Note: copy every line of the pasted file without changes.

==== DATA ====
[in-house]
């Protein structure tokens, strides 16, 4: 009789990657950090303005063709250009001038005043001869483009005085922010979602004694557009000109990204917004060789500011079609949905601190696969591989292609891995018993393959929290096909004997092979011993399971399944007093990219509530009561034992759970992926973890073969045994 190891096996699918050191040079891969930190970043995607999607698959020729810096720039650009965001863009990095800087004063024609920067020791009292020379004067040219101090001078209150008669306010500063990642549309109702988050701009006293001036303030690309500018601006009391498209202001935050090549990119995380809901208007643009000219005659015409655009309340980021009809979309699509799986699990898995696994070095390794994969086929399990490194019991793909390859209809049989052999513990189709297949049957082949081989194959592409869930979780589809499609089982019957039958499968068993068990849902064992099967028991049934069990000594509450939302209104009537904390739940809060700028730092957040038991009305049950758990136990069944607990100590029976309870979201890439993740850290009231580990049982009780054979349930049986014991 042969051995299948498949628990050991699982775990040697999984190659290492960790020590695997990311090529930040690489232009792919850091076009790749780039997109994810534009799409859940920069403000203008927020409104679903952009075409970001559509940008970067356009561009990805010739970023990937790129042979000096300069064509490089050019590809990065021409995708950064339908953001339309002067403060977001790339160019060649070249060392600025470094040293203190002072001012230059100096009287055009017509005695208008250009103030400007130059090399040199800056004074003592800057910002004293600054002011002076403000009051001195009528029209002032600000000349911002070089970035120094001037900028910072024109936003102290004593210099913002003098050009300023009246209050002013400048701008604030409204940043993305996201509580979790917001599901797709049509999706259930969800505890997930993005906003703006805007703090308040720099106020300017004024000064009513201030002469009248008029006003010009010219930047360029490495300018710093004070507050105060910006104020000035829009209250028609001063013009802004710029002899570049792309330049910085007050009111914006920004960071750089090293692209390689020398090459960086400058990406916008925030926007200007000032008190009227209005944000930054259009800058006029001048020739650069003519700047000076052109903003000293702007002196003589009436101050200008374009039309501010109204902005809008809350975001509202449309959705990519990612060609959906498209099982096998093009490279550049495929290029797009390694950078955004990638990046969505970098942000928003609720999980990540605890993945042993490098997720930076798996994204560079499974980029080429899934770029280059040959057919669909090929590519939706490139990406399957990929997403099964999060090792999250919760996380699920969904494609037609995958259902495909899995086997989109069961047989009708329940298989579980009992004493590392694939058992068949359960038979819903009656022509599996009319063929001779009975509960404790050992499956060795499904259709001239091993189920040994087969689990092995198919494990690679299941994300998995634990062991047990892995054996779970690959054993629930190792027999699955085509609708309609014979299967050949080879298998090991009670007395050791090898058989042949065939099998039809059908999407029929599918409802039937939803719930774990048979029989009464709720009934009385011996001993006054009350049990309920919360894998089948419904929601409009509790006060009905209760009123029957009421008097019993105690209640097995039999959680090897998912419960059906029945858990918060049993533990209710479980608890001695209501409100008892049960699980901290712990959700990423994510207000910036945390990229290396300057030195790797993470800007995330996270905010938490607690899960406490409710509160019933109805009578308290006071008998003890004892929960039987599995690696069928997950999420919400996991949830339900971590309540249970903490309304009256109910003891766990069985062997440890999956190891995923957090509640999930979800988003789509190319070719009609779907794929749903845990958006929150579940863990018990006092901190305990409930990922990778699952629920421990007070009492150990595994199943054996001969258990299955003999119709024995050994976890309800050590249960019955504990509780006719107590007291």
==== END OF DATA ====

[in-house]
């Protein structure tokens, strides 16, 4: 009789990657950090303005063709250009001038005043001869483009005085922010979602004694557009000109990204917004060789500011079609949905601190696969591989292609891995018993393959929290096909004997092979011993399971399944007093990219509530009561034992759970992926973890073969045994 190891096996699918050191040079891969930190970043995607999607698959020729810096720039650009965001863009990095800087004063024609920067020791009292020379004067040219101090001078209150008669306010500063990642549309109702988050701009006293001036303030690309500018601006009391498209202001935050090549990119995380809901208007643009000219005659015409655009309340980021009809979309699509799986699990898995696994070095390794994969086929399990490194019991793909390859209809049989052999513990189709297949049957082949081989194959592409869930979780589809499609089982019957039958499968068993068990849902064992099967028991049934069990000594509450939302209104009537904390739940809060700028730092957040038991009305049950758990136990069944607990100590029976309870979201890439993740850290009231580990049982009780054979349930049986014991 042969051995299948498949628990050991699982775990040697999984190659290492960790020590695997990311090529930040690489232009792919850091076009790749780039997109994810534009799409859940920069403000203008927020409104679903952009075409970001559509940008970067356009561009990805010739970023990937790129042979000096300069064509490089050019590809990065021409995708950064339908953001339309002067403060977001790339160019060649070249060392600025470094040293203190002072001012230059100096009287055009017509005695208008250009103030400007130059090399040199800056004074003592800057910002004293600054002011002076403000009051001195009528029209002032600000000349911002070089970035120094001037900028910072024109936003102290004593210099913002003098050009300023009246209050002013400048701008604030409204940043993305996201509580979790917001599901797709049509999706259930969800505890997930993005906003703006805007703090308040720099106020300017004024000064009513201030002469009248008029006003010009010219930047360029490495300018710093004070507050105060910006104020000035829009209250028609001063013009802004710029002899570049792309330049910085007050009111914006920004960071750089090293692209390689020398090459960086400058990406916008925030926007200007000032008190009227209005944000930054259009800058006029001048020739650069003519700047000076052109903003000293702007002196003589009436101050200008374009039309501010109204902005809008809350975001509202449309959705990519990612060609959906498209099982096998093009490279550049495929290029797009390694950078955004990638990046969505970098942000928003609720999980990540605890993945042993490098997720930076798996994204560079499974980029080429899934770029280059040959057919669909090929590519939706490139990406399957990929997403099964999060090792999250919760996380699920969904494609037609995958259902495909899995086997989109069961047989009708329940298989579980009992004493590392694939058992068949359960038979819903009656022509599996009319063929001779009975509960404790050992499956060795499904259709001239091993189920040994087969689990092995198919494990690679299941994300998995634990062991047990892995054996779970690959054993629930190792027999699955085509609708309609014979299967050949080879298998090991009670007395050791090898058989042949065939099998039809059908999407029929599918409802039937939803719930774990048979029989009464709720009934009385011996001993006054009350049990309920919360894998089948419904929601409009509790006060009905209760009123029957009421008097019993105690209640097995039999959680090897998912419960059906029945858990918060049993533990209710479980608890001695209501409100008892049960699980901290712990959700990423994510207000910036945390990229290396300057030195790797993470800007995330996270905010938490607690899960406490409710509160019933109805009578308290006071008998003890004892929960039987599995690696069928997950999420919400996991949830339900971590309540249970903490309304009256109910003891766990069985062997440890999956190891995923957090509640999930979800988003789509190319070719009609779907794929749903845990958006929150579940863990018990006092901190305990409930990922990778699952629920421990007070009492150990595994199943054996001969258990299955003999119709024995050994976890309800050590249960019955504990509780006719107590007291």